Changing the Plan to Create The Good Life

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I was provided a free copy of Living Well Spending Less: 12 Secrets of the Good Life to review. All opinions and ideas are my own, however. Links to the book are affiliate links. 

While sitting down and reading Living Well, Spending Less: 12 Secrets of the Good Life by Ruth Soukup, one quote really stuck out to me. It’s not because this quote is uncommonly profound. In many ways, it is just common sense. Instead, the quote seemed to in some way validate all the radical decisions I made over the last two years.

The good life is not what we think it is.

For years, I was on a clear path. I left college with a triple major and immediately began graduate school for literature while working full time as a special education assistant in my old high school. I was immensely busy but I had a purpose – graduate with both my master’s degree and teaching certificate while paying my own way and then get a teaching job. I did. In a time where finding a teaching job is tough, I was lucky enough to land a job where I student taught. Perfect!

Changing the Plan to Create The Good Life - Sometimes it takes stepping off the pre-planned path to create a healthier, happier life! {The Love Nerds}

Now … teach, get married (I was planning my wedding at the time), and continue to follow the path.

However, the path wasn’t working. Teaching brought on immense migraines at a frequency and severity I hadn’t experience since high school. I woke up every morning with a sense of dread – Would I be able to go to work? Would I need lesson plans? How can I be a good teacher when I can’t even get to school?

There were so many complicating factors – an hour plus commute in city traffic, an immensely stressful work environment where nothing was ever good enough, a boss who didn’t understand that migraines are not headaches, and so forth.

It all finally crashed down upon me in the spring of 2013. I came home from work in pain as I did most nights. Nights were no longer about watching a tv show with my husband or even making dinner. It was about getting my head to a pain level where maybe – just maybe – I could go to work the next day.

I complained, again, about wishing I could just sleep and not worry about work, that I just wanted to feel better, when my husband said that maybe work needed to be taken out of the equation.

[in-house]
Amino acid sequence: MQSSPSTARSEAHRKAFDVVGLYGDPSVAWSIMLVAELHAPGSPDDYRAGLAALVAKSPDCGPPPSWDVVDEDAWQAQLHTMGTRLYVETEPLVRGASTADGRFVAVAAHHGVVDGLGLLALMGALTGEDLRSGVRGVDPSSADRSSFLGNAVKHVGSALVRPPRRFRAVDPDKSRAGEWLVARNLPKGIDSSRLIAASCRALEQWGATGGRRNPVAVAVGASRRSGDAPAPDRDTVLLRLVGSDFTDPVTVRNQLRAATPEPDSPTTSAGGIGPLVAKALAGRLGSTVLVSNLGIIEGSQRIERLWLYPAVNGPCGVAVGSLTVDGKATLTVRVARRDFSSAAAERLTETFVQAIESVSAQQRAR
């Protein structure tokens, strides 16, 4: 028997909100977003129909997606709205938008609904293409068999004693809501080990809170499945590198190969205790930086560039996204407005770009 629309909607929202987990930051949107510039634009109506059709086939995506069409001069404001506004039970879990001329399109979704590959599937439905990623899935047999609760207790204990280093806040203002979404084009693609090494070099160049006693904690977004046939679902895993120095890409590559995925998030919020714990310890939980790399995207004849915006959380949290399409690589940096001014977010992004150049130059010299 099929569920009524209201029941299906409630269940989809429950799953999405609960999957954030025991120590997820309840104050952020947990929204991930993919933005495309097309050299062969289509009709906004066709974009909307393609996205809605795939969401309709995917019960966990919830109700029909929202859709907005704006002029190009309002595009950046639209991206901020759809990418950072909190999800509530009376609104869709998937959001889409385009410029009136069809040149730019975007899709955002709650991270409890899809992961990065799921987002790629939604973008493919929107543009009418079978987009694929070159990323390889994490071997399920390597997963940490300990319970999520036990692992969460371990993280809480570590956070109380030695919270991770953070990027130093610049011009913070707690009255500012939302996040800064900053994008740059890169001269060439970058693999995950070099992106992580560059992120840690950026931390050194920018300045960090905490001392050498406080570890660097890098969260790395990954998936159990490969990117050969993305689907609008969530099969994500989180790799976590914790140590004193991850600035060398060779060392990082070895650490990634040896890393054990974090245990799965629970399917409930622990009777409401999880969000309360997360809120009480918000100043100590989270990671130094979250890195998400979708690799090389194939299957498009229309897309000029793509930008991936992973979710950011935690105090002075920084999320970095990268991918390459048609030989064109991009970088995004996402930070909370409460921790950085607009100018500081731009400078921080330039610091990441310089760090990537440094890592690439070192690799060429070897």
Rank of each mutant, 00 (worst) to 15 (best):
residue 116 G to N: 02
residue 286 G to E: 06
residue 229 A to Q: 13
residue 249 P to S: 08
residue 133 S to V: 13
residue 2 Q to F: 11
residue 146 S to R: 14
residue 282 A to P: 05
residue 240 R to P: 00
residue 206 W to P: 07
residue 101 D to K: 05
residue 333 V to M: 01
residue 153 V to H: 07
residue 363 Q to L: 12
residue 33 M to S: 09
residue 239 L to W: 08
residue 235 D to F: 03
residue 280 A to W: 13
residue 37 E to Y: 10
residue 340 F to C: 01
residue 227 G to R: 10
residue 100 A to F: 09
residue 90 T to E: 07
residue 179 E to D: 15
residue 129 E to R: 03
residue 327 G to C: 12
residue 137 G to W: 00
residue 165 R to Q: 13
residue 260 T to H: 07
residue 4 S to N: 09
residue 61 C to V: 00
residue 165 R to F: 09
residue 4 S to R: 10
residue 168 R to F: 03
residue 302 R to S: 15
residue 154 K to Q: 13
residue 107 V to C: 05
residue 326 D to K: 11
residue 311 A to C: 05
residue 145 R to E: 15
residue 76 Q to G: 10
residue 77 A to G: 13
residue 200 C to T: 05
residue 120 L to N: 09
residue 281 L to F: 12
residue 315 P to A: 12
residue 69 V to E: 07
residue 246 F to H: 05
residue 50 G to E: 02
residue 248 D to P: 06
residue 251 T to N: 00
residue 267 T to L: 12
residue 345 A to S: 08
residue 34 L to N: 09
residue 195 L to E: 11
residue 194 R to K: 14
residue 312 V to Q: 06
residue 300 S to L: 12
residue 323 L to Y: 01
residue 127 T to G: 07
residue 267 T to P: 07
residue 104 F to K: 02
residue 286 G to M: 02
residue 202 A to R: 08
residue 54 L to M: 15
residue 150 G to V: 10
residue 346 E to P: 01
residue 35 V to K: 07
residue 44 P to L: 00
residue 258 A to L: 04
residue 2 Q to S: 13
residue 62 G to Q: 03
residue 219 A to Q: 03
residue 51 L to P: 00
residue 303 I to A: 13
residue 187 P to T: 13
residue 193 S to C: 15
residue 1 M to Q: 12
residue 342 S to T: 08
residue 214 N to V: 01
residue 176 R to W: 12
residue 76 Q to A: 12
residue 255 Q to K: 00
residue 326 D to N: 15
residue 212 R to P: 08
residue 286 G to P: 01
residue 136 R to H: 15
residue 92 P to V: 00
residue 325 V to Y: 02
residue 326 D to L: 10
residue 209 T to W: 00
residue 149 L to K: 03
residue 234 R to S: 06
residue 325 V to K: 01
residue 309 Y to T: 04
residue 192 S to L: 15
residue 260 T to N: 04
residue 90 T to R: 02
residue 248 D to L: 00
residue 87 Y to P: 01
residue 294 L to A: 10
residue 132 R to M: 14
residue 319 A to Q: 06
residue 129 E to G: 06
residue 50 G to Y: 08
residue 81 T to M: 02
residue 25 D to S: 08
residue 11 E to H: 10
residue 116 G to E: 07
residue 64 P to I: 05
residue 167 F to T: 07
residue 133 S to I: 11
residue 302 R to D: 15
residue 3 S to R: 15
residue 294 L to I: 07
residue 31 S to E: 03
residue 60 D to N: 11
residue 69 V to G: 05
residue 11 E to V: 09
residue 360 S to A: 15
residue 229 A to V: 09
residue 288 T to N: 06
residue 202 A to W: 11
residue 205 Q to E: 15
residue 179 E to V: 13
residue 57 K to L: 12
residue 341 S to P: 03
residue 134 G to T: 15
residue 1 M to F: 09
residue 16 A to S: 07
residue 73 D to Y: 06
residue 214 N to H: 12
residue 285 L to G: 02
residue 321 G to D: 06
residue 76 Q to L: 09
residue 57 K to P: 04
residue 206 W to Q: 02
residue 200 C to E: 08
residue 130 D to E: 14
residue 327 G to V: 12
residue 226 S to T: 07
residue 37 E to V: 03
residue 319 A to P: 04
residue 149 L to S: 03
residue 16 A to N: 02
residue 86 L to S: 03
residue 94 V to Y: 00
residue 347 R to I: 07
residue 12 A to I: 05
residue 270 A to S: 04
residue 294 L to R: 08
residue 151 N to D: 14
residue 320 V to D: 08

Take work out of the equation? I thought he was nuts.

We were lucky enough to have housing included in my husband’s job on a college campus, but that was definitely reflected in his paychecks. Up until that moment, I brought home more money and I had plans for that money. Putting aside a down payment for when we left college housing, paying off a car, going on a family vacation that was already scheduled but not paid for.

How could we take work out of the equation?

But we did. First with a medical leave that allowed me to take care of myself, get more rest and try a new medication. Within a week, I felt better. I felt like myself again. The job really did need to be taken out of the equation.

Unless you have experienced chronic pain, it is hard to imagine what the prolonged experience is like. For me, I became a different person. Every moment my head ached. Light hurt. Noise hurt. Movement made me nauseous and hurt. Nothing came easy. I became irritable, annoying, angry, sad … and it’s not hard to imagine that I wasn’t exactly being the best wife.

We had just promised through sickness and health and the sickness part took us very seriously. Our first year of marriage was baptism by fire and we thankfully emerged stronger.

I’m not sure I will ever love my husband more than for telling me I needed to find a different path and that it was okay. For giving me permission to realize “the good life [was] not what [I] thought it was”.

Here is what I know now though, my secret to a good life I guess I could say: In order to be living the good life, you must give yourself permission to rethink the life you thought you wanted in order to be happy.

Two years ago I was struggling to keep up with a job that wasn’t what I thought it would be and it was physically making me ill. And, if not for my husband, I probably still would be. Ruth says that she thinks “most of us have the tendency to put our dreams on hold in favor of the practical.” I agree with her. I would have. I would have worked through the pain to bring home that paycheck.